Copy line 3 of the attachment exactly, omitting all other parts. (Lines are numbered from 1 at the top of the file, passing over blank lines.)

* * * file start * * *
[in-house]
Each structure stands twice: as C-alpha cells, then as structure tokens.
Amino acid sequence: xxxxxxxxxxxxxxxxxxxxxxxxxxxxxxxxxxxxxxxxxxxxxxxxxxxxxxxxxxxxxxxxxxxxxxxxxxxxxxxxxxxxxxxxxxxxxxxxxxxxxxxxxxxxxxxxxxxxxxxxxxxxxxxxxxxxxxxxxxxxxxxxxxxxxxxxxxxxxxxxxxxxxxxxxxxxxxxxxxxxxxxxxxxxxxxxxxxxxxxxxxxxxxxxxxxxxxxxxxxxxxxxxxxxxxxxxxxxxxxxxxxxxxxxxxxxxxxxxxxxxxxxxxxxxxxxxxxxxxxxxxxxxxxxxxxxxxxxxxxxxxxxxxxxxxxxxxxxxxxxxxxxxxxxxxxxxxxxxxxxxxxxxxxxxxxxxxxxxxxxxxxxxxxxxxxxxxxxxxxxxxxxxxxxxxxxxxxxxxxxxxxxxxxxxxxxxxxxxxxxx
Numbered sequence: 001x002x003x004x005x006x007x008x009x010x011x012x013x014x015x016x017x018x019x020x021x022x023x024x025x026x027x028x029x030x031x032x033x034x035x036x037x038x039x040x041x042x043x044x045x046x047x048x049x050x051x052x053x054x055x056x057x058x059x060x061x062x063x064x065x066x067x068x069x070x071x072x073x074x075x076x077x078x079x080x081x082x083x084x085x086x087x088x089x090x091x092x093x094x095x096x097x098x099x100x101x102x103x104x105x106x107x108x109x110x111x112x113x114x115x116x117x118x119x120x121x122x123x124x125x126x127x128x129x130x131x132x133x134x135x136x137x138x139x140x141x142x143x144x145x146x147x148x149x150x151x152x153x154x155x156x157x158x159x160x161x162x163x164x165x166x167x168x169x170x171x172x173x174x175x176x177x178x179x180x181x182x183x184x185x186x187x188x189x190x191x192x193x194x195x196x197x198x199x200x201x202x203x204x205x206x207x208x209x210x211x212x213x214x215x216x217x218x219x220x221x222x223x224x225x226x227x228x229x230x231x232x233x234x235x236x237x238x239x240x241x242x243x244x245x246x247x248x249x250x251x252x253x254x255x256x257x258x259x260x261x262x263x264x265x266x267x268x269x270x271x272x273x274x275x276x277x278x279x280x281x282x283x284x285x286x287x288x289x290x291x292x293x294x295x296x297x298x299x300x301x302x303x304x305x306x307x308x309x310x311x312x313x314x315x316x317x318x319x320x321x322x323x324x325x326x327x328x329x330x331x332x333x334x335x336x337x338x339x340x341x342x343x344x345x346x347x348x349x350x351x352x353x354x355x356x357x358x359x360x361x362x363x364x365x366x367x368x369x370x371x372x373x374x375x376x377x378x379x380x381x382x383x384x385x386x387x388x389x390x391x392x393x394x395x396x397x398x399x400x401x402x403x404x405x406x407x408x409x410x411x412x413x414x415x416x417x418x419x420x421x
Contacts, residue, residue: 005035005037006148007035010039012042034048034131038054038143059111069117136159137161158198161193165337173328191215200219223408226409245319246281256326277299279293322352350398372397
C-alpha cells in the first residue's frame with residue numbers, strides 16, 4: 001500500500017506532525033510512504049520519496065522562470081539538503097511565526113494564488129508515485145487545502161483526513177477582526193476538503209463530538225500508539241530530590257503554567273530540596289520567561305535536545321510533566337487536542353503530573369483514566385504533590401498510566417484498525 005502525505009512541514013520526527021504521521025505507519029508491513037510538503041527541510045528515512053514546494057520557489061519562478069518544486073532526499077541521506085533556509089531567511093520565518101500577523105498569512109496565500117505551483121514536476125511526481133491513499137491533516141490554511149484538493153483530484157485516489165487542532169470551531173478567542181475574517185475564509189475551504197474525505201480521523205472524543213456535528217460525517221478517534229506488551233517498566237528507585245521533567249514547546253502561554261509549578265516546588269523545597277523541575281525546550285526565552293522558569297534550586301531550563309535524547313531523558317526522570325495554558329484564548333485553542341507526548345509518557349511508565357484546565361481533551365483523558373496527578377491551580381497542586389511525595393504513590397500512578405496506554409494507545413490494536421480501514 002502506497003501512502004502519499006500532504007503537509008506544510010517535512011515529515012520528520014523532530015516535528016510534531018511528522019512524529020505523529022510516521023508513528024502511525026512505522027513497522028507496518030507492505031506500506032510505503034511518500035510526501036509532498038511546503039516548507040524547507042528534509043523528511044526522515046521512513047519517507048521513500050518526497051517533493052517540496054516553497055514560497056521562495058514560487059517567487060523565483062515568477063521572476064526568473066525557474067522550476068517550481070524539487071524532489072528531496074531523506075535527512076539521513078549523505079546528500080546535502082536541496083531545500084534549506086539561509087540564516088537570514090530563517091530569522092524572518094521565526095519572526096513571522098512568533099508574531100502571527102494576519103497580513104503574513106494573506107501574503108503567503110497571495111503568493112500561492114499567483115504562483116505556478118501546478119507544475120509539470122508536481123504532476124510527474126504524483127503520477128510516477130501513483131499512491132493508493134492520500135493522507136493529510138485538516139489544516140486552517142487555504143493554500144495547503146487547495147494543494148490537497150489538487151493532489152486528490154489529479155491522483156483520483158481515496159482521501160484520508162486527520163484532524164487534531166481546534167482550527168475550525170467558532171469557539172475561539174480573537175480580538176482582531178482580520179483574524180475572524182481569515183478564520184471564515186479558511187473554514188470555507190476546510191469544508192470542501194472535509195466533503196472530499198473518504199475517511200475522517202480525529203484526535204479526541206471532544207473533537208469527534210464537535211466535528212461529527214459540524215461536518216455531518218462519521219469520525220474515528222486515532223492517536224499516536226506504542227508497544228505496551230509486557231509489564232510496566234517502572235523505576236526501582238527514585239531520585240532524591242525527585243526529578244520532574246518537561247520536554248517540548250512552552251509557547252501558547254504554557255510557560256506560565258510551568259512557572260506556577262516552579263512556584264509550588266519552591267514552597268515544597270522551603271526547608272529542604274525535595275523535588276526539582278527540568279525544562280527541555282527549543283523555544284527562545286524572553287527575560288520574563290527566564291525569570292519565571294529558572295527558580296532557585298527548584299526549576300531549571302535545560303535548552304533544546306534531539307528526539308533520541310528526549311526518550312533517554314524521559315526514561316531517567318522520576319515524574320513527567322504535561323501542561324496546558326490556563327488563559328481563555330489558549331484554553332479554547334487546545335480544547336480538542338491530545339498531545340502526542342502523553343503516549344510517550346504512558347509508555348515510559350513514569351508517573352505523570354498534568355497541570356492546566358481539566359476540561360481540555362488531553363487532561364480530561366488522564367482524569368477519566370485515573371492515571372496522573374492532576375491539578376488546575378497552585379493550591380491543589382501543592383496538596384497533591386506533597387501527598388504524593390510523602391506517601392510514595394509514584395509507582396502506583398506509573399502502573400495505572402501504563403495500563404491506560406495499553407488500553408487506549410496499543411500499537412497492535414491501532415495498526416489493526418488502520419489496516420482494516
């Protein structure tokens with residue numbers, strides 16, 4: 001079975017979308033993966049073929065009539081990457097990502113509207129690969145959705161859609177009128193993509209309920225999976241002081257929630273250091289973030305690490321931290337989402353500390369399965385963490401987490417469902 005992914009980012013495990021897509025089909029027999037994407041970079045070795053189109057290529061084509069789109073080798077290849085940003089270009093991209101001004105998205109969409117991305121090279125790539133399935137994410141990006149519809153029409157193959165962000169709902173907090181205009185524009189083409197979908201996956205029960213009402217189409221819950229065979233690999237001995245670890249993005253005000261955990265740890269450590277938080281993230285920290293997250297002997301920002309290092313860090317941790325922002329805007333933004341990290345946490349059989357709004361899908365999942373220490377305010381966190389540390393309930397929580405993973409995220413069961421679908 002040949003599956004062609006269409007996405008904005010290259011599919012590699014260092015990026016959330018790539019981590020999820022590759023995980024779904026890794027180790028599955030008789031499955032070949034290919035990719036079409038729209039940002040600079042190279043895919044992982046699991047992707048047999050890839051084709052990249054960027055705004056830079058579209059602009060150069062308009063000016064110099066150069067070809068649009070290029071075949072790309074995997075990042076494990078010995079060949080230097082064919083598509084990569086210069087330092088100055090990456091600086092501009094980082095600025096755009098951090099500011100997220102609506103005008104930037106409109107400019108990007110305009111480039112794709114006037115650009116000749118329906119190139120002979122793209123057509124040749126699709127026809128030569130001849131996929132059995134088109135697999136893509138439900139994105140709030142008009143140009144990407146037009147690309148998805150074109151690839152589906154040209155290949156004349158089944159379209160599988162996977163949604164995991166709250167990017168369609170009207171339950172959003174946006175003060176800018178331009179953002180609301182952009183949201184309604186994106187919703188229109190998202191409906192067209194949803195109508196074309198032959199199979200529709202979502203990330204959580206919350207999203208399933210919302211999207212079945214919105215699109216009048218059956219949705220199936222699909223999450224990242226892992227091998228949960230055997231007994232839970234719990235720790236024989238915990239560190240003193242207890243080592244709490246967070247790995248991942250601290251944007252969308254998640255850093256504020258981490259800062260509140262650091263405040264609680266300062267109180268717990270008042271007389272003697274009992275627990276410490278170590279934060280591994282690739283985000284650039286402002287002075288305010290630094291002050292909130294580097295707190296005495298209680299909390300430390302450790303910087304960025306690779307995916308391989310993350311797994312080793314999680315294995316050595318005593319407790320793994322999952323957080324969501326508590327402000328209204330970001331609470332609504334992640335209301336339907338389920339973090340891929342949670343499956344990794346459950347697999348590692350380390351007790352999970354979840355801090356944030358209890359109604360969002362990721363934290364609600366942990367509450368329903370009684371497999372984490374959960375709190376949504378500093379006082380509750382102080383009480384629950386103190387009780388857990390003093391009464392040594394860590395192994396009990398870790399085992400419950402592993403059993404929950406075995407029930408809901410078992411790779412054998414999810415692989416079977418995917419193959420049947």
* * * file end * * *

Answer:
Amino acid sequence: xxxxxxxxxxxxxxxxxxxxxxxxxxxxxxxxxxxxxxxxxxxxxxxxxxxxxxxxxxxxxxxxxxxxxxxxxxxxxxxxxxxxxxxxxxxxxxxxxxxxxxxxxxxxxxxxxxxxxxxxxxxxxxxxxxxxxxxxxxxxxxxxxxxxxxxxxxxxxxxxxxxxxxxxxxxxxxxxxxxxxxxxxxxxxxxxxxxxxxxxxxxxxxxxxxxxxxxxxxxxxxxxxxxxxxxxxxxxxxxxxxxxxxxxxxxxxxxxxxxxxxxxxxxxxxxxxxxxxxxxxxxxxxxxxxxxxxxxxxxxxxxxxxxxxxxxxxxxxxxxxxxxxxxxxxxxxxxxxxxxxxxxxxxxxxxxxxxxxxxxxxxxxxxxxxxxxxxxxxxxxxxxxxxxxxxxxxxxxxxxxxxxxxxxxxxxxxxxxxxxx